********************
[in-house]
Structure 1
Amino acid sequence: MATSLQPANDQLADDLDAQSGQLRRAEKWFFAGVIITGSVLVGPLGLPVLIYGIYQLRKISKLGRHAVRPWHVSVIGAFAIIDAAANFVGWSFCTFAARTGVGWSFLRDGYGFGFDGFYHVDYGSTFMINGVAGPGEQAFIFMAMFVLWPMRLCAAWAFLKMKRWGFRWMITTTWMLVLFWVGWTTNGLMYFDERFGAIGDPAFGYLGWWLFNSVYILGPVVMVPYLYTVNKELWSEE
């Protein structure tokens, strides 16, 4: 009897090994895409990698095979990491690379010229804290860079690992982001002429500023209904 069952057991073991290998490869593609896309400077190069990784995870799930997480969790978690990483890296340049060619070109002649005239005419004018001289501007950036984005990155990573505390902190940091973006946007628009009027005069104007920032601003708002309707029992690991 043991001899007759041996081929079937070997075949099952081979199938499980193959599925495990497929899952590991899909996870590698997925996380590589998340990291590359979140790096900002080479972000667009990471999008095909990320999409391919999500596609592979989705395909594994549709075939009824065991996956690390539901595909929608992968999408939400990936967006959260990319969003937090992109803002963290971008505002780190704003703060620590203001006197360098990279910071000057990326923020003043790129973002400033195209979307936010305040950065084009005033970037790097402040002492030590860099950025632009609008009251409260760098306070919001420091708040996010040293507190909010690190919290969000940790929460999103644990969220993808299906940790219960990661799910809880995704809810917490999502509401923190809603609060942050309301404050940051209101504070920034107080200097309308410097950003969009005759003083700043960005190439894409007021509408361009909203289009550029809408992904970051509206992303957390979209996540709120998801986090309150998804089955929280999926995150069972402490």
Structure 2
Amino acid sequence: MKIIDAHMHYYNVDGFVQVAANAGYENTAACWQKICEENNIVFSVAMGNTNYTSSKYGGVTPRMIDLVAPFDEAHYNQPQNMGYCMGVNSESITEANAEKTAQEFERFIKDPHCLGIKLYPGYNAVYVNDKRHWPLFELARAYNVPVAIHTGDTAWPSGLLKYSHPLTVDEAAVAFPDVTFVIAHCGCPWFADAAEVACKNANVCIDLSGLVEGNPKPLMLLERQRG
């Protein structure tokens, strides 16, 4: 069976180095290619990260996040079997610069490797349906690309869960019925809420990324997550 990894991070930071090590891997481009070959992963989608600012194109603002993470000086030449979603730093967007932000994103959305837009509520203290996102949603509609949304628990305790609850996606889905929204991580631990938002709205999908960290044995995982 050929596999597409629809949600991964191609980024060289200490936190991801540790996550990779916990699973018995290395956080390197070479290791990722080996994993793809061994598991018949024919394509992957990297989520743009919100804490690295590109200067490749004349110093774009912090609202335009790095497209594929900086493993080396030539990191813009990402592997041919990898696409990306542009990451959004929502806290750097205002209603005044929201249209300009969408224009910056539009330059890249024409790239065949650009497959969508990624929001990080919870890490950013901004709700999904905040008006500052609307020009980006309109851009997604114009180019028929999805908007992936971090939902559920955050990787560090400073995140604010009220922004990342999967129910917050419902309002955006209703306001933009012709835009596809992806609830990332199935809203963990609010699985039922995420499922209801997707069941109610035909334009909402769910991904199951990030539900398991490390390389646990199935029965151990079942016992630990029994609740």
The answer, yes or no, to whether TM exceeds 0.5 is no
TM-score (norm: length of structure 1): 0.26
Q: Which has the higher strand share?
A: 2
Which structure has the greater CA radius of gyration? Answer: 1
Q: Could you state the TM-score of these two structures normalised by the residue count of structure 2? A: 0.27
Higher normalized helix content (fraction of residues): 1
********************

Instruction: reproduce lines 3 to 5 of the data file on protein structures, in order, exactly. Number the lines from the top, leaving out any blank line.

Amino acid sequence: MATSLQPANDQLADDLDAQSGQLRRAEKWFFAGVIITGSVLVGPLGLPVLIYGIYQLRKISKLGRHAVRPWHVSVIGAFAIIDAAANFVGWSFCTFAARTGVGWSFLRDGYGFGFDGFYHVDYGSTFMINGVAGPGEQAFIFMAMFVLWPMRLCAAWAFLKMKRWGFRWMITTTWMLVLFWVGWTTNGLMYFDERFGAIGDPAFGYLGWWLFNSVYILGPVVMVPYLYTVNKELWSEE
């Protein structure tokens, strides 16, 4: 009897090994895409990698095979990491690379010229804290860079690992982001002429500023209904 069952057991073991290998490869593609896309400077190069990784995870799930997480969790978690990483890296340049060619070109002649005239005419004018001289501007950036984005990155990573505390902190940091973006946007628009009027005069104007920032601003708002309707029992690991 043991001899007759041996081929079937070997075949099952081979199938499980193959599925495990497929899952590991899909996870590698997925996380590589998340990291590359979140790096900002080479972000667009990471999008095909990320999409391919999500596609592979989705395909594994549709075939009824065991996956690390539901595909929608992968999408939400990936967006959260990319969003937090992109803002963290971008505002780190704003703060620590203001006197360098990279910071000057990326923020003043790129973002400033195209979307936010305040950065084009005033970037790097402040002492030590860099950025632009609008009251409260760098306070919001420091708040996010040293507190909010690190919290969000940790929460999103644990969220993808299906940790219960990661799910809880995704809810917490999502509401923190809603609060942050309301404050940051209101504070920034107080200097309308410097950003969009005759003083700043960005190439894409007021509408361009909203289009550029809408992904970051509206992303957390979209996540709120998801986090309150998804089955929280999926995150069972402490």
Structure 2